Mike

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FWIW.  Our useage is domestic only where temperatures in winter don't get much below freezing.

We got to gas on demand for household after finding that solar was a very expensive hobby.  The solar heating part worked ok, it was what surrounded it that didn't.  Big name brand here too.  Pay-off on the first was about 20 years and we've rusted out 2 tanks in 19.  Both steel/glass lined.  Not  sure about the first but plenty of anode left in the second which was run on rain water when possible.  The plumber who installed the gas one knows of only two solar ones left in the district.

The go-to names from experience here are Rinnai and Bosch.  Both seem to survive indifferent water. Ours runs on the same size gas pipe as the stove and  hasn't added noticibly to our gas/electricity costs.  It will also be on rain water when possible.

More when we know more.

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9 hours ago, Missouri Mule said:

Electric on demand hasn't been mentioned but as an electrician I am not a fan of them either. Much like gas they consume 3 times the electric while doing their job. I understand they will do it quicker. Same problems I have seen with longer shower times and you think a regular water heater goes through elements? Huh these babies eat them if your water isn't soft and filtered. 

We purchased a "GeoSpring"  G E brand water heater 4 years ago for a house we have at the lake.  It's in a finished basement, the Dehumidifier part of the unit keeps the area around it dry and mold free.  The unit Heats the water just fine,  We haven't a need to switch on the 220 elements,  I think it is a 40 gallon unit.   When we go to the lake the grand kids go,  6 people taking showers at the end of the day,  we haven't run it out of hot water yet.  

This unit was on sale at "Lowes"  gave $750.00, and a tax incentive to boot,  we were in need of a new water heater & the dehumidifier needed replacing anyway. I would purchase this type again.  

Jim Droscha 

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10 hours ago, mikem said:

Anybody else have one of the "super" insulated electric ones?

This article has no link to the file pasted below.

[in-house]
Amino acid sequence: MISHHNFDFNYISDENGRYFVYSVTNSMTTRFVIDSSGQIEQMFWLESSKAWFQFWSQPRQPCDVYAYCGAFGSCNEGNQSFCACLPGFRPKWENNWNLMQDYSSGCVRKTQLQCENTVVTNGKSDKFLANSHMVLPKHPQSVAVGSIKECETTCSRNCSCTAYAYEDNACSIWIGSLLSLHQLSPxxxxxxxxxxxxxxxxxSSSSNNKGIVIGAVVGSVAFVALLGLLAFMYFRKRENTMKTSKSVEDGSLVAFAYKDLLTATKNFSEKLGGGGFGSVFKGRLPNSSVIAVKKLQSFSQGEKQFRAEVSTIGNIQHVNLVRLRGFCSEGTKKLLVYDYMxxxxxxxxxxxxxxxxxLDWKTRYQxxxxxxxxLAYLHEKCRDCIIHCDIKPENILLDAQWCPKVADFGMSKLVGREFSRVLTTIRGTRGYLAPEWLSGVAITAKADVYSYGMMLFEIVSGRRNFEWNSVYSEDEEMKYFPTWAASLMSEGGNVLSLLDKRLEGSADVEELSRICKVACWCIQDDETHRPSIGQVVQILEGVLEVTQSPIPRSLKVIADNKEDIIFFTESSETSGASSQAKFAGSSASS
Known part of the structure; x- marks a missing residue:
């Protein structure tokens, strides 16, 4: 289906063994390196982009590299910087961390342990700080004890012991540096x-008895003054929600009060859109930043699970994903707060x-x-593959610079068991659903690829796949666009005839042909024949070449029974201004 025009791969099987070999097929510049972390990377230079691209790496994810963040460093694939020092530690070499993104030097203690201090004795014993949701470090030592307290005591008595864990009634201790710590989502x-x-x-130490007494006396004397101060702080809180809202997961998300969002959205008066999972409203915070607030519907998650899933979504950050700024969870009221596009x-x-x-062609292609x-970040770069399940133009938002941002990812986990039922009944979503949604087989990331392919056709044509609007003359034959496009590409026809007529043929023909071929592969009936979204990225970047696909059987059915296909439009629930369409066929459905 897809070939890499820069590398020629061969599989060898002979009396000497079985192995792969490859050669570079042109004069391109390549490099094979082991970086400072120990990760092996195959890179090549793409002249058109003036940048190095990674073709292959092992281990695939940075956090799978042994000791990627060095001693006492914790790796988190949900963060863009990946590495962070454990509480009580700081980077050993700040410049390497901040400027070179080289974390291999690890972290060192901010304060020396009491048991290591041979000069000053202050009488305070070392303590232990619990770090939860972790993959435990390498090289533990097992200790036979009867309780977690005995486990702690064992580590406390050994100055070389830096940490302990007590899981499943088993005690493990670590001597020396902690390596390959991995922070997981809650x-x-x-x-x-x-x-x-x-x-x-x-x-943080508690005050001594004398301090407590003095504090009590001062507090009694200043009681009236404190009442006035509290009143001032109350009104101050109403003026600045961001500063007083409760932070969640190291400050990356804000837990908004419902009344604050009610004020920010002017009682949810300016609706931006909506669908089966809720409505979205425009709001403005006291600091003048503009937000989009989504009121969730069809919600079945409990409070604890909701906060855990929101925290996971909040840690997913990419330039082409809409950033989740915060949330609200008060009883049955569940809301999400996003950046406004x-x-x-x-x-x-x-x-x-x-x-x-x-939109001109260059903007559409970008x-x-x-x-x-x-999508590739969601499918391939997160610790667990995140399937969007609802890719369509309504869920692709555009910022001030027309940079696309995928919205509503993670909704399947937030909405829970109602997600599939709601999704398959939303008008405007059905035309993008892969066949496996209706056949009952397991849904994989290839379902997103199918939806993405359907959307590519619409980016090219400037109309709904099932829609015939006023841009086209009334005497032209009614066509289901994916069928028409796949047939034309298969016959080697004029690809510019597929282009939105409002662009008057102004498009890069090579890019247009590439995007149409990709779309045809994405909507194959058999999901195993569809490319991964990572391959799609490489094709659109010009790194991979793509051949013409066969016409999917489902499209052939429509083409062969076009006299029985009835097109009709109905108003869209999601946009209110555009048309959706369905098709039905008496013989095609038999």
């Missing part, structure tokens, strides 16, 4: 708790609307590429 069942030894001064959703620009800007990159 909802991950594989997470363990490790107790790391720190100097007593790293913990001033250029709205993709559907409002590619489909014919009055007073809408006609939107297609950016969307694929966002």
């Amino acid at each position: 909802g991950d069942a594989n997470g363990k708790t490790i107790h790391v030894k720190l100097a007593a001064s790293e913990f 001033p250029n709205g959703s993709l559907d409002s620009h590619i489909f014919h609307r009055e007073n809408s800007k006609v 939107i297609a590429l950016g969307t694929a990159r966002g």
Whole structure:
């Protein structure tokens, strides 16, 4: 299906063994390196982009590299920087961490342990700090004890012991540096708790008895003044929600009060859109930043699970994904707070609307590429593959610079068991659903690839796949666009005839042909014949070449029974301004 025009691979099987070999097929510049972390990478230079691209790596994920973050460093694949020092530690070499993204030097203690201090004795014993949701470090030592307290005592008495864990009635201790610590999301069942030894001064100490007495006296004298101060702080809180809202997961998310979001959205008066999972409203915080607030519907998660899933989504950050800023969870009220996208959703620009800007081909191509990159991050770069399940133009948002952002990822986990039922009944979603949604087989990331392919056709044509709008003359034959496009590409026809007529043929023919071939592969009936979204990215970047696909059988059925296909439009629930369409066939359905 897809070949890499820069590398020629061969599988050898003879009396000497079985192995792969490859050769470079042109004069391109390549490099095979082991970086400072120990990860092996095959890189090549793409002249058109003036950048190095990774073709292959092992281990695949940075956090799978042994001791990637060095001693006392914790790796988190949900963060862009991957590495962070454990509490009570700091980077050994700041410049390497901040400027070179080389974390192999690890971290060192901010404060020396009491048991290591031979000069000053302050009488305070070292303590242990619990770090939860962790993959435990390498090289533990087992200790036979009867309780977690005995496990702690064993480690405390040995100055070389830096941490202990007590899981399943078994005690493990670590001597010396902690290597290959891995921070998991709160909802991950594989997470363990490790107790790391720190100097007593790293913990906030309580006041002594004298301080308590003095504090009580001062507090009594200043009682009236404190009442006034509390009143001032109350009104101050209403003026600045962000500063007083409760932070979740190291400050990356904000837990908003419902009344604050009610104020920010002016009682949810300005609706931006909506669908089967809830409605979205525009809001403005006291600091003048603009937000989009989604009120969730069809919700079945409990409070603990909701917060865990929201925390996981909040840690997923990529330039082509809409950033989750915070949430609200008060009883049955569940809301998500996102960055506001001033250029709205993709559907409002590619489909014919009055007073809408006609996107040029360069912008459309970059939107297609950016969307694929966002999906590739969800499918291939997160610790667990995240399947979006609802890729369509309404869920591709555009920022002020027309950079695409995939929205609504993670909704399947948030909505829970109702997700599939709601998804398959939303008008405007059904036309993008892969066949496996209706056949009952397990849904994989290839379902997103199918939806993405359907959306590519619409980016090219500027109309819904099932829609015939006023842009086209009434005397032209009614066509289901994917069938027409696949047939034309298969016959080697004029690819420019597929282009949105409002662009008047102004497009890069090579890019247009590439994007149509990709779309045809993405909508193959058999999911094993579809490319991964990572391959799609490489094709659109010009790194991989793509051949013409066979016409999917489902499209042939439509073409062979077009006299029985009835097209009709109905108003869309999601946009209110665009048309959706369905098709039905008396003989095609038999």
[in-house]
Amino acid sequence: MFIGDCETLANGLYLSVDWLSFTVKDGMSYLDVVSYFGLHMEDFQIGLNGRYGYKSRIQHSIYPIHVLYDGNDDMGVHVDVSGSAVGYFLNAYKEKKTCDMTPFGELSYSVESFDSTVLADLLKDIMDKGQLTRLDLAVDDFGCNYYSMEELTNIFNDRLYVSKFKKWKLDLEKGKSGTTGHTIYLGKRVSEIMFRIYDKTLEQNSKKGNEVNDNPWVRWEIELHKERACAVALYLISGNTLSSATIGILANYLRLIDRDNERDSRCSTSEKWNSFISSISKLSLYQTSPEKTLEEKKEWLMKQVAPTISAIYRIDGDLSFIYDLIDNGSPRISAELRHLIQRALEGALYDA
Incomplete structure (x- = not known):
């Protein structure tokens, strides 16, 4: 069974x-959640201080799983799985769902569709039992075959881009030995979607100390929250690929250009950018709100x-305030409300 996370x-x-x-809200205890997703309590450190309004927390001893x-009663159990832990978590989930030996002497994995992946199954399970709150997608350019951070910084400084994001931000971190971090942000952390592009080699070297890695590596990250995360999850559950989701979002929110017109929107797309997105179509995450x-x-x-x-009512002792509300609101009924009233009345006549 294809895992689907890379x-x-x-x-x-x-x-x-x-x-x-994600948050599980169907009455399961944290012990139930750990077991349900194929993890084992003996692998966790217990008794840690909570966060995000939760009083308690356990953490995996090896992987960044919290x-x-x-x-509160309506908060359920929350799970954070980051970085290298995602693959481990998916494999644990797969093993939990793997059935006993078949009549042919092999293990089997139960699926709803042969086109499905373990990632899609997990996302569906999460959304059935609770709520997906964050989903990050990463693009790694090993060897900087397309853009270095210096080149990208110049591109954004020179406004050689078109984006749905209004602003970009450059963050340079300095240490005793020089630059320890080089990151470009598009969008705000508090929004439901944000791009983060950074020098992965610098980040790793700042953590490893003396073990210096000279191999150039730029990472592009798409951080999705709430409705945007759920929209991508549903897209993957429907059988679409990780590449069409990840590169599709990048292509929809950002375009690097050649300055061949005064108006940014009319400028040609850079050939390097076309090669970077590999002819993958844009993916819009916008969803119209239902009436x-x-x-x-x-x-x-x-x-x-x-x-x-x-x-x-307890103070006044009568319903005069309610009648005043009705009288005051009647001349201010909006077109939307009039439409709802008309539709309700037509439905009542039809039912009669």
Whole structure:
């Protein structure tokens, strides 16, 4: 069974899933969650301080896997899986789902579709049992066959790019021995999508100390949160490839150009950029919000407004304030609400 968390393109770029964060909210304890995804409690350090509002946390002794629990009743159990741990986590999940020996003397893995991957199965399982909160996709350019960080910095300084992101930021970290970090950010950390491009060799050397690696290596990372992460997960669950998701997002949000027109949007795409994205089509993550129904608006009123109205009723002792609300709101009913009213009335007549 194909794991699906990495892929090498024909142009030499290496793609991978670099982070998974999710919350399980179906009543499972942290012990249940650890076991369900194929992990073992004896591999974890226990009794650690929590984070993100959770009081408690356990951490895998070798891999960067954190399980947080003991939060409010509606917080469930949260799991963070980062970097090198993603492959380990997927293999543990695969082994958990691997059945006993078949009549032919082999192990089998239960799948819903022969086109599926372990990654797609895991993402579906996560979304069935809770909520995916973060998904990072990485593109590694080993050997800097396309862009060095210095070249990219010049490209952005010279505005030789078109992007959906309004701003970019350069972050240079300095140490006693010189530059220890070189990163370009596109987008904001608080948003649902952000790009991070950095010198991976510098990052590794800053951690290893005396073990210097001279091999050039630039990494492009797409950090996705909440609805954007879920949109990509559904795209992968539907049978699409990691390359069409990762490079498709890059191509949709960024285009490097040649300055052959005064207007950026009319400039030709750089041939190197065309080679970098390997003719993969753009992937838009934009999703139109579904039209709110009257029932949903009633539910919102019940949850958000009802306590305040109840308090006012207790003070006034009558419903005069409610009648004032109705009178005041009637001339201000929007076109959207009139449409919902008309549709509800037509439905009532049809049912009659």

I have an 85 gallon one, and even when the Daughter and Son in Law bring their 3 boys home for hunting season, (5 days this year), we never had a hot water issue even with clothes washer, dish washer, and showers. I love it.

Mike

 

I have a 105 gallon one.   Got it for free from electric company program about 8 years ago.  It is on the "off peak" electrical program.   Have only run it out a couple of times doing laundry and showers for family of 5.   

Nate

image.jpeg

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I had a Bosch on natural gas and I turned it into a target in less than 6 months. We have a lot of minerals in our water and this scaled up the heater almost immediately. The company recommended cleanup every 30 days was more than I wanted to do and it should be properly plumbed to do the cleanup. Mine was replaced with a normal natural gas.

I loved the idea and the fact you never ran out of hot water. But, until they get the issues with scale I can't use one and won't.The quality of the water will depend on the success of yours.

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what about geothermal heat pumps some installed in our area only thing that bothers me is the price. but compared to the outside wood fired furnaces I would do the geothermal instead I think, and what I have been hearing is that a lot of outside boilers are being discontinued , cant meet emissions. listening to a radio show it sounds like you can install the geothermal in a small space just go vertical and go deep in the ground.